That concept was in the core of our original telecommuting project in 1973. Workers were allowed to work in satellite offices located in their residential neighborhoods, dropping the commute in favor of telecommuting. Working near home instead of in the big downtown headquarters of their employer. The Los Angeles long range plan then was to have 18 regional centers as hubs for local activities. Our idea was to set up projects in those regional centers. Living at human-scale within a booming metropolis. Fast forward 48 years and an article by Peter Yeung appears on the BBC website with the same idea: the 15-minute city.
What has changed since 1973?
Continue reading Redesigning the rest of the city: Neighborhoods
In May 2020 I wrote a blog about the potential impacts of the coronavirus and telework on urban downtowns. At that time the idea was tentative that telework might force major redesign of city centers. Now comes another article from Matthew Haag of The New York Times about city center conditions to date. Titled “Midtown is Reeling. Should Its Offices Become Apartments?” Haag essentially verifies my conjectures. City centers need a redesign, even in the past-covid era.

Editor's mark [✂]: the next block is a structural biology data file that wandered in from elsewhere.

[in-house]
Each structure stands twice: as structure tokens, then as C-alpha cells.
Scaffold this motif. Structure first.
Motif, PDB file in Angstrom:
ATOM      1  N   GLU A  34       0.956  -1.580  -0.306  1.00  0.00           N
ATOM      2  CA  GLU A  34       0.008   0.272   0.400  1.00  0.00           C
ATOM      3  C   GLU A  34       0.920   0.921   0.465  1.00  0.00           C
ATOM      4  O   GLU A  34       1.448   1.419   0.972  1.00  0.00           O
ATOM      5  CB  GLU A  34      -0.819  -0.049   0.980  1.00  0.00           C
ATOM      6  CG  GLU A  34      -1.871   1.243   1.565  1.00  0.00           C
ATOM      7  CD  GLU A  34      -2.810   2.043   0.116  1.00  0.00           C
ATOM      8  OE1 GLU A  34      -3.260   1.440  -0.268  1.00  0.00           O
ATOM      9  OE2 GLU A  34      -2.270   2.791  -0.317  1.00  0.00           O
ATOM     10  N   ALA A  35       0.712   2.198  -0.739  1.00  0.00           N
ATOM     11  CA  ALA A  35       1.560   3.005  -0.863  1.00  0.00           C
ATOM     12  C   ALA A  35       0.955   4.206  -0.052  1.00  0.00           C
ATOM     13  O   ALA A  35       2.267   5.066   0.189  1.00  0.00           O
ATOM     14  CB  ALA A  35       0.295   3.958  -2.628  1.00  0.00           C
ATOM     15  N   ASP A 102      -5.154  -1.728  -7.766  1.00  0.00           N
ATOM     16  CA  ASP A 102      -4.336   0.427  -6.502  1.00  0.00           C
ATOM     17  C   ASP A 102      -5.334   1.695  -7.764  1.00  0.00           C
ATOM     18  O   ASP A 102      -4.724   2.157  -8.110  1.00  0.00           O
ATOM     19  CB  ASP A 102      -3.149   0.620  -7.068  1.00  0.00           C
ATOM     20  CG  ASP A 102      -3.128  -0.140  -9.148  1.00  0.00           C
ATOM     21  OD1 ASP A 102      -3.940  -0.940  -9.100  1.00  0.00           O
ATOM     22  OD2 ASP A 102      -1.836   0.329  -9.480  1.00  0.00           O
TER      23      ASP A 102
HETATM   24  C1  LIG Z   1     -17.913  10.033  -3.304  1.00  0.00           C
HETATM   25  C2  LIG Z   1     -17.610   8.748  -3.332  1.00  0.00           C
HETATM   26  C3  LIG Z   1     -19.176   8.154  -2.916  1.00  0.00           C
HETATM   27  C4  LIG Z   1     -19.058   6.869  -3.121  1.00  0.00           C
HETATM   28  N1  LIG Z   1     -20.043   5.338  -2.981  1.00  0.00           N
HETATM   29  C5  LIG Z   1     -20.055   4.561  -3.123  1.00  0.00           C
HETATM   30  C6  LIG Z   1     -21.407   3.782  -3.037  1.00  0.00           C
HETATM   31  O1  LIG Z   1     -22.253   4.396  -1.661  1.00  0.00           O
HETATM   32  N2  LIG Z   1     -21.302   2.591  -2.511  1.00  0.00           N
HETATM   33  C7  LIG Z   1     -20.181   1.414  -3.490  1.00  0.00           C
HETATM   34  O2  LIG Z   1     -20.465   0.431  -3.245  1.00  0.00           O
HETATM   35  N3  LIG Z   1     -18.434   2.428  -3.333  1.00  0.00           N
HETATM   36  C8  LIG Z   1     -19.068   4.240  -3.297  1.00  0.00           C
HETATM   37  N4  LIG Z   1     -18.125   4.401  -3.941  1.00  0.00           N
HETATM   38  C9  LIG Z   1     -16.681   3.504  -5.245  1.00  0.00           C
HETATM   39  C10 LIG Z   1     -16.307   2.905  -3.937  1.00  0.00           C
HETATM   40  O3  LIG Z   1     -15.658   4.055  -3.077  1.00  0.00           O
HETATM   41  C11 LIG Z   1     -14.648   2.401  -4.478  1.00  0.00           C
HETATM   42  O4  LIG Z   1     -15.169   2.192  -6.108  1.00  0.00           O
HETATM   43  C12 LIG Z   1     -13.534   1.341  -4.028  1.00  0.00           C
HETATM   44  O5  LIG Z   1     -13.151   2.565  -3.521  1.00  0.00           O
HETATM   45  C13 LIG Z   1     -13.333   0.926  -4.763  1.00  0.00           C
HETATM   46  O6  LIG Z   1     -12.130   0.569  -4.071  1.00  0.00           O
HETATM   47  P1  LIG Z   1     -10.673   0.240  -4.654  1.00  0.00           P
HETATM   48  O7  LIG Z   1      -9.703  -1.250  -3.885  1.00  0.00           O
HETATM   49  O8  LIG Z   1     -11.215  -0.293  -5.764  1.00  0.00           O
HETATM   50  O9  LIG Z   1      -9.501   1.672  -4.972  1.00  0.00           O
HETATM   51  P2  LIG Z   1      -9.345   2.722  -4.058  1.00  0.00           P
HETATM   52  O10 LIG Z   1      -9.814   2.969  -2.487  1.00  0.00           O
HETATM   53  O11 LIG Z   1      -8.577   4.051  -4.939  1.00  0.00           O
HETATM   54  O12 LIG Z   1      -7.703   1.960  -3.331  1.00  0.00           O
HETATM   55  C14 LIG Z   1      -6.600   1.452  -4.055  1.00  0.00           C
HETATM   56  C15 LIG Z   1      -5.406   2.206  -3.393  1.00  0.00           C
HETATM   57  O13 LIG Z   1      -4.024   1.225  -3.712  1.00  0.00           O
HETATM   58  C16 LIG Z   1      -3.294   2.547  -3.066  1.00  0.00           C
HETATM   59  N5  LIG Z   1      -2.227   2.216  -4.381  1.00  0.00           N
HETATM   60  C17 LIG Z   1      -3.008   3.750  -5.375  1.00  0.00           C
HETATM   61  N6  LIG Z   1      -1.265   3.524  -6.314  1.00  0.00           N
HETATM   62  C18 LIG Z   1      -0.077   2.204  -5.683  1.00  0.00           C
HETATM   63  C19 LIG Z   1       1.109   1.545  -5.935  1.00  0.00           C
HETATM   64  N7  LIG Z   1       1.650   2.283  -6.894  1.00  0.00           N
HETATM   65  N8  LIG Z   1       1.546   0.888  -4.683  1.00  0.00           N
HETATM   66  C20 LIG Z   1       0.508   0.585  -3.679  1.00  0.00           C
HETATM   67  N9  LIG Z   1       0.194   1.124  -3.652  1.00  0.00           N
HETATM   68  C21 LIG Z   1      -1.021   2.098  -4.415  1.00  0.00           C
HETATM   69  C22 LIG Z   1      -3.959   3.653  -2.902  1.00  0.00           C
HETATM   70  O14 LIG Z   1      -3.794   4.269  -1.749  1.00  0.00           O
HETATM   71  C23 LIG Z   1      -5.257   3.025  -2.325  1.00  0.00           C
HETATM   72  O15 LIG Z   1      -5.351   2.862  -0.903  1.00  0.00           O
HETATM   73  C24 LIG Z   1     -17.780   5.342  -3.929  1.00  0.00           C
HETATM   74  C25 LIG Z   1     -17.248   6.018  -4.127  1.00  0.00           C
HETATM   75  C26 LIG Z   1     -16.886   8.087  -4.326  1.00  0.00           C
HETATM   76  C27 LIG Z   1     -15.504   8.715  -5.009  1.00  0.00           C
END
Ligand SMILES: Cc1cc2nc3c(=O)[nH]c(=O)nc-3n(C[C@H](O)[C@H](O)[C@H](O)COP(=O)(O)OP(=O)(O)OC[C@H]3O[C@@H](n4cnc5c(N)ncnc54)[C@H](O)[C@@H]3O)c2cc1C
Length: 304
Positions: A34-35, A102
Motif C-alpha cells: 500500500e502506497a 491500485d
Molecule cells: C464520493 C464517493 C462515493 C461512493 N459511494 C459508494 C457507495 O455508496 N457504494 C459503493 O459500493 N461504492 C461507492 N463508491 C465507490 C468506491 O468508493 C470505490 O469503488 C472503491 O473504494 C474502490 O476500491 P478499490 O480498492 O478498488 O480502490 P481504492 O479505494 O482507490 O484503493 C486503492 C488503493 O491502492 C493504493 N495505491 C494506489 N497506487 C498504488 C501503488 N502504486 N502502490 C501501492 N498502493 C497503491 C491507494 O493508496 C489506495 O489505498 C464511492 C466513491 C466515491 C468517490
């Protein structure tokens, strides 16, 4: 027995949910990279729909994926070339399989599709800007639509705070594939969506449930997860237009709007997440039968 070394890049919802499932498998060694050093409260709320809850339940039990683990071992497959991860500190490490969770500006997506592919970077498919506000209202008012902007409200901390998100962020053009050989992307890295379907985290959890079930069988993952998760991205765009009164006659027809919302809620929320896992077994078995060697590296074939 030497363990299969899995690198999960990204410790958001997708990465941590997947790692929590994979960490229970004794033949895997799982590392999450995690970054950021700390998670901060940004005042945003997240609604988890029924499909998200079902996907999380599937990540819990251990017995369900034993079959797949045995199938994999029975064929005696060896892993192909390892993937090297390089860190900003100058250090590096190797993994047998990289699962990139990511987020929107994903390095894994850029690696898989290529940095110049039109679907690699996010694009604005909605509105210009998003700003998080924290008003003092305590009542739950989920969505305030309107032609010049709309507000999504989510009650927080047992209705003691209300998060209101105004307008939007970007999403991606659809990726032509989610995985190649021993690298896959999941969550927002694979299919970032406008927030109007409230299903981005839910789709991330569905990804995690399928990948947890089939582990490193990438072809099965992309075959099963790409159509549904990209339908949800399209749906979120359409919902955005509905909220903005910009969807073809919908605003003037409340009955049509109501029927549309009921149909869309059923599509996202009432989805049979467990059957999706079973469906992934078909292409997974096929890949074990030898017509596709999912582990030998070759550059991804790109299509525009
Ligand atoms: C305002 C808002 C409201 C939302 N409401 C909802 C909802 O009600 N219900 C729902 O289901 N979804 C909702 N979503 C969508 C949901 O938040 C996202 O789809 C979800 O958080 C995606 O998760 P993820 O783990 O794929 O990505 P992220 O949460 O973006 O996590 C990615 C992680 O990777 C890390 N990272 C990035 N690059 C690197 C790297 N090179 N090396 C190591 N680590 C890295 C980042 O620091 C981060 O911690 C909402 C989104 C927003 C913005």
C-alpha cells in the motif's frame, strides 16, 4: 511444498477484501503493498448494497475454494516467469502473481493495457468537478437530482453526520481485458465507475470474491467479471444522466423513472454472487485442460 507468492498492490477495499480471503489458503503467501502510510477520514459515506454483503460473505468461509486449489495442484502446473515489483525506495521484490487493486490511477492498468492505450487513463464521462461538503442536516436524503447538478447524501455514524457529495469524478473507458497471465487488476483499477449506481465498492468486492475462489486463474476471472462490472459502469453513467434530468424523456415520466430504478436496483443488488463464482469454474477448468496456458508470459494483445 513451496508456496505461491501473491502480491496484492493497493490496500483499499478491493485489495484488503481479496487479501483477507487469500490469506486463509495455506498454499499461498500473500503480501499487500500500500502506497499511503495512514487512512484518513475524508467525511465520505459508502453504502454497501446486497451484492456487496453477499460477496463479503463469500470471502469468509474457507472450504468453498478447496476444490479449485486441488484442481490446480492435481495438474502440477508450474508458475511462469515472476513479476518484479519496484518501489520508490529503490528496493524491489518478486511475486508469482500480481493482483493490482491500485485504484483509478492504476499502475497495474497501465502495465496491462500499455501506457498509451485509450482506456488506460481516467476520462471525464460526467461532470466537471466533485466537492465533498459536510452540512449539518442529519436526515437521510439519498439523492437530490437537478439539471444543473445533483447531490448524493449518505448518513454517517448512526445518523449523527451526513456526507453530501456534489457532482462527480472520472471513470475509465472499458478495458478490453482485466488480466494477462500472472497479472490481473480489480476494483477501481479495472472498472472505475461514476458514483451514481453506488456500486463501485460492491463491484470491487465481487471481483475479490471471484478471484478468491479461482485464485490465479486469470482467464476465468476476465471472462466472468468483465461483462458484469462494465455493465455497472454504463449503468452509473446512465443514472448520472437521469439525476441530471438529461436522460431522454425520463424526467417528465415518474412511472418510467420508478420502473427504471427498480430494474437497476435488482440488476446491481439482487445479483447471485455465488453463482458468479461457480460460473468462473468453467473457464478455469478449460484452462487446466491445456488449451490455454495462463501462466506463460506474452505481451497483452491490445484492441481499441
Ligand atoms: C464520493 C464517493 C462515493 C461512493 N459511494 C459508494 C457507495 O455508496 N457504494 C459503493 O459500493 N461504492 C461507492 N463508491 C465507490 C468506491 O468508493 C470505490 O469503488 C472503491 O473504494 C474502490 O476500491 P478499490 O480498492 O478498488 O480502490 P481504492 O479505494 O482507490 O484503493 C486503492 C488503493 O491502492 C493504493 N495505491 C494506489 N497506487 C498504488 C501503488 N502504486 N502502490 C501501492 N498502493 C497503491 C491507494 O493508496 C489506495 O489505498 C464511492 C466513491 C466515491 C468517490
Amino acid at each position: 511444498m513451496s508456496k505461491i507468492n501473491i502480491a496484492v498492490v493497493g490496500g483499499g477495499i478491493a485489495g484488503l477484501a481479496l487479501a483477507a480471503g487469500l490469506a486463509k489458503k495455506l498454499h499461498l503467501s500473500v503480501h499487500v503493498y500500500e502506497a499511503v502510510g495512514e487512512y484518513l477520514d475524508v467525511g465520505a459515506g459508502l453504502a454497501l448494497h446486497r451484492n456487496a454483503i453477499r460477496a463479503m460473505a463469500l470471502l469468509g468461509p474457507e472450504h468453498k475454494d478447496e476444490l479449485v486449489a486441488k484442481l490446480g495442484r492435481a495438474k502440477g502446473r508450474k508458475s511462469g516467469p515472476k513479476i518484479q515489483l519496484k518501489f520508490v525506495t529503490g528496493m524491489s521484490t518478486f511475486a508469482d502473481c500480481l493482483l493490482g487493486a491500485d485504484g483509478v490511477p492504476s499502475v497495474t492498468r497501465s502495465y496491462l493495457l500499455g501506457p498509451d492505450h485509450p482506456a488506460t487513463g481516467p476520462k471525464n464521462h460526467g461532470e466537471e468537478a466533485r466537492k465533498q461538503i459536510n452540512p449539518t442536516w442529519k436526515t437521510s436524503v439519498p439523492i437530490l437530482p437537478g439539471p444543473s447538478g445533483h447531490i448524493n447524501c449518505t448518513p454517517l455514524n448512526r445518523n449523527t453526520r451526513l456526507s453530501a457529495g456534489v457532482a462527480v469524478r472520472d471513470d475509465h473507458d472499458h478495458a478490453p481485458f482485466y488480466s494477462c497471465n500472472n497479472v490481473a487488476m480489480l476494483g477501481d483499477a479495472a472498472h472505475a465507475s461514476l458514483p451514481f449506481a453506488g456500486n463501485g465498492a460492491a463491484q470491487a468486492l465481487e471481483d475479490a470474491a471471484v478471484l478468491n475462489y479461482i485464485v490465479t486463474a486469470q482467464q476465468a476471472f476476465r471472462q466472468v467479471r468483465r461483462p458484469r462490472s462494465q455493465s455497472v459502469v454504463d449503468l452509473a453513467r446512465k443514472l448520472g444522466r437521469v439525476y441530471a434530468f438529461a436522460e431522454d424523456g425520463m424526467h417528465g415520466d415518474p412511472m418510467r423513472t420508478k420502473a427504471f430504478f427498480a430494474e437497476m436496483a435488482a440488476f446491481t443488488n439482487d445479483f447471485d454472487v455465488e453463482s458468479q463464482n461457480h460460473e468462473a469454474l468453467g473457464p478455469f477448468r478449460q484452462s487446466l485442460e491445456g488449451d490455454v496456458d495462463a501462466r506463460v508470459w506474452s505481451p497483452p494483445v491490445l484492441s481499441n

Here are some of the events that have occurred in Manhattan since May.
Continue reading Redesigning CITY CENTERs
Now that matters have settled down a bit from the first panic days of the Covid-19 onslaught it is time to think about getting back to some sort of normal. Specifically, how do we get from total lockdown, everybody working at home, to a new normal version of teleworking? Here are some fundamentals of the decision process.
Continue reading Moving from panic to new-normal teleworking
Now that the Covid-induced panicky rush to working from home has died down somewhat, more organizations are thinking about naming a Chief TeleWork Officer, or Chief Remote Work Officer. The reason? Someone needs to organize and monitor the whole telework process to make it more coherent, secure and effective for the entire organization. Most large organizations have a CEO, a CFO, a CTO and a CIO to cover Executive, Financial, Technology and Information/marketing issues, respectively. Why not a CTWO?
Here are some of the areas where the CTWO should have responsibilities and authority.
Continue reading The Rise of the Chief Telework Officer?
- Telework rules and regulations.
- Facilities management